In the next figure we see a scenario of unlikely hypotheses that are found to be correct approximately one in 10 times. Now we see that the possibility of committing a Type I error is roughly equivalent to a Type II error and to the probability of finding that the hypothesis is truly correct. Thus, if your result comes out positive, you are unlikely to know why.

Lastly we see the scenario in which the hypotheses are quite likely to be correct one in two times. Now we can see that the possibility of creating a Type II error is highest. Next the blue squares show us the chances that we find the hypothesis is truly correct. Lastly, there's only 11% chance of a type 1 error. 

In all of these figures (above) the power of the analysis is set at 40%. The statistical power of any analysis depends on the sample size (or number of replicates) you're able to use. Some research has suggested that in most ecological and evolutionary studies this is actually more like 20% (see references in Forstmeier et al 2017). What is important to notice in the next figure (below) is that when we change the power of the analysis (in this case from 40% to 20%) we influence the proportion of Type II errors over finding that the hypothesis is correct. While the overall numbers of Type I errors does not change, if your analysis tells you to accept your alternative hypothesis, there is now a 1 in 5 chance (20%) that it will be a false positive (Type I error).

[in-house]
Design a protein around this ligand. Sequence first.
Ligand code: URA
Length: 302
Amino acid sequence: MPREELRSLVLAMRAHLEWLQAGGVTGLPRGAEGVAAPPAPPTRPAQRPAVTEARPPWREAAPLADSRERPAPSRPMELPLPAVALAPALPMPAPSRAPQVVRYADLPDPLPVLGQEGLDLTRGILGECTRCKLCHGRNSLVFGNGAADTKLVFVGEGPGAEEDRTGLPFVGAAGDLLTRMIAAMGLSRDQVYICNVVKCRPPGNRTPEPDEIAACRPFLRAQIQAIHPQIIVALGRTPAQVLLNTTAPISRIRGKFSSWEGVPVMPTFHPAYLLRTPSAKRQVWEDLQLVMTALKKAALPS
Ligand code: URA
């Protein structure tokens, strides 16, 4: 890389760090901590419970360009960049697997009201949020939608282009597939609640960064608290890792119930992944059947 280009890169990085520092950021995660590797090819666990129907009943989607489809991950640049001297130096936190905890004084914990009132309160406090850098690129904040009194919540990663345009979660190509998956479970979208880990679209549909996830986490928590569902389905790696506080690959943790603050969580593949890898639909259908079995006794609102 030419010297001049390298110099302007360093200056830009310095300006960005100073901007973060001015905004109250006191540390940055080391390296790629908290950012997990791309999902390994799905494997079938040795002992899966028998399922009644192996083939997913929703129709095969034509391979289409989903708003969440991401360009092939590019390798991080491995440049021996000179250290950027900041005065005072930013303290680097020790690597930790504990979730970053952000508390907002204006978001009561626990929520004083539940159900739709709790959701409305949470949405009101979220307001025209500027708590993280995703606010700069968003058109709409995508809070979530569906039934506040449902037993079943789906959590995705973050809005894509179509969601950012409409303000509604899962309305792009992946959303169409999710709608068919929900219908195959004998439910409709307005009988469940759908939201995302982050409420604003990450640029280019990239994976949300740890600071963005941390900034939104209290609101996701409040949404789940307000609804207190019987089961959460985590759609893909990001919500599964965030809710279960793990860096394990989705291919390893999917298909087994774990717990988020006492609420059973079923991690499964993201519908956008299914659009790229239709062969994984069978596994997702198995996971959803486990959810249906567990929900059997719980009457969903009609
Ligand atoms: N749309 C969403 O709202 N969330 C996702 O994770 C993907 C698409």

What you should see when you look at these figures is that there is quite a high chance that we don't in fact correctly assign a true positive hypothesis. There's actually much more chance that we will commit a Type II error. Worse the more unlikely a hypothesis is, we are increasingly likely to commit the dreaded Type I error.

From the outset we should try to make sure that the hypotheses you are testing in your PhD are very likely to find positive results. In reality, this means that they are then iterations of hypotheses that are built on previous work. When you choose highly unlikely hypotheses, you need to be aware that this dramatically increases your chances of making a Type I error. The best way to overcome this is to look for multiple lines of evidence in your research. Once you have the most likely hypothesis that you can produce, you need to crank up your sampling so that you increase the power of your analysis, avoiding Type II errors.


Forstmeier, W., Wagenmakers, E.J. and Parker, T.H., 2017. Detecting and avoiding likely false‐positive findings–a practical guide.Biological Reviews,92(4), pp.1941-1968.

Ioannidis, J.P., 2005. Why most published research findings are false.PLoS medicine,2(8), p.e124.

Trivers, R., 2011. The folly of fools New York.NY: Basic Books.